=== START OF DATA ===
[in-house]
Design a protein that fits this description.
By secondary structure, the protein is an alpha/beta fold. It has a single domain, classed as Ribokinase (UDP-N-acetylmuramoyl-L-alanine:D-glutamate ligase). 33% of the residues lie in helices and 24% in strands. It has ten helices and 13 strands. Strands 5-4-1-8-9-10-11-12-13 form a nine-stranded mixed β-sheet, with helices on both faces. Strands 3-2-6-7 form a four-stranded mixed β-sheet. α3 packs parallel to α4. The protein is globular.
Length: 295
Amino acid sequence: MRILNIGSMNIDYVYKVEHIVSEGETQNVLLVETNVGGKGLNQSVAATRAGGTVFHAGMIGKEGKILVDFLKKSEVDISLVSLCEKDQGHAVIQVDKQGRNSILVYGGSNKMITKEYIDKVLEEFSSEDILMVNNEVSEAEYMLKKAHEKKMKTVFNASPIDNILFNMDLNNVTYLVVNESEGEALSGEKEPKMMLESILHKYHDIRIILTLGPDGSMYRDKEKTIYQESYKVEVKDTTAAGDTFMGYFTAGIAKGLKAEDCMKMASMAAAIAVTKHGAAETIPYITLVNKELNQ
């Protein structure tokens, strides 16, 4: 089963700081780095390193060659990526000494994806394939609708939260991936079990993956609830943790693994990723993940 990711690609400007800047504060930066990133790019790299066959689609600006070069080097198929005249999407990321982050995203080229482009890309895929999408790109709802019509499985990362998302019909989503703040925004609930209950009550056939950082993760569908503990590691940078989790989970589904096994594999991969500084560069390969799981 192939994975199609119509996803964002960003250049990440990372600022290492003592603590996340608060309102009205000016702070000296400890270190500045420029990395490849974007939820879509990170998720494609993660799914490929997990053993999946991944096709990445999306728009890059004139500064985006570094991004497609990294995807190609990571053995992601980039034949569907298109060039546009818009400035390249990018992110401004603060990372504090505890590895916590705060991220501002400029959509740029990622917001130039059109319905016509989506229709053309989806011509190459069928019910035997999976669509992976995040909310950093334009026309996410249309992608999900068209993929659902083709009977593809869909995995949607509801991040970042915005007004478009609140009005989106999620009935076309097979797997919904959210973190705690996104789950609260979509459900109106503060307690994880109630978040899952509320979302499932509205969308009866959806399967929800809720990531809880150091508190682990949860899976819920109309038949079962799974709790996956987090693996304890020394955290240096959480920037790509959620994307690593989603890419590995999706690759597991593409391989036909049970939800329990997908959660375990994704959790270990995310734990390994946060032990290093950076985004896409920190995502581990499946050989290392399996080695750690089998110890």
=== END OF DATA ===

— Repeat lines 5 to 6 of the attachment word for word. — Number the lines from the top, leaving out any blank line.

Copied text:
Amino acid sequence: MRILNIGSMNIDYVYKVEHIVSEGETQNVLLVETNVGGKGLNQSVAATRAGGTVFHAGMIGKEGKILVDFLKKSEVDISLVSLCEKDQGHAVIQVDKQGRNSILVYGGSNKMITKEYIDKVLEEFSSEDILMVNNEVSEAEYMLKKAHEKKMKTVFNASPIDNILFNMDLNNVTYLVVNESEGEALSGEKEPKMMLESILHKYHDIRIILTLGPDGSMYRDKEKTIYQESYKVEVKDTTAAGDTFMGYFTAGIAKGLKAEDCMKMASMAAAIAVTKHGAAETIPYITLVNKELNQ
């Protein structure tokens, strides 16, 4: 089963700081780095390193060659990526000494994806394939609708939260991936079990993956609830943790693994990723993940 990711690609400007800047504060930066990133790019790299066959689609600006070069080097198929005249999407990321982050995203080229482009890309895929999408790109709802019509499985990362998302019909989503703040925004609930209950009550056939950082993760569908503990590691940078989790989970589904096994594999991969500084560069390969799981 192939994975199609119509996803964002960003250049990440990372600022290492003592603590996340608060309102009205000016702070000296400890270190500045420029990395490849974007939820879509990170998720494609993660799914490929997990053993999946991944096709990445999306728009890059004139500064985006570094991004497609990294995807190609990571053995992601980039034949569907298109060039546009818009400035390249990018992110401004603060990372504090505890590895916590705060991220501002400029959509740029990622917001130039059109319905016509989506229709053309989806011509190459069928019910035997999976669509992976995040909310950093334009026309996410249309992608999900068209993929659902083709009977593809869909995995949607509801991040970042915005007004478009609140009005989106999620009935076309097979797997919904959210973190705690996104789950609260979509459900109106503060307690994880109630978040899952509320979302499932509205969308009866959806399967929800809720990531809880150091508190682990949860899976819920109309038949079962799974709790996956987090693996304890020394955290240096959480920037790509959620994307690593989603890419590995999706690759597991593409391989036909049970939800329990997908959660375990994704959790270990995310734990390994946060032990290093950076985004896409920190995502581990499946050989290392399996080695750690089998110890």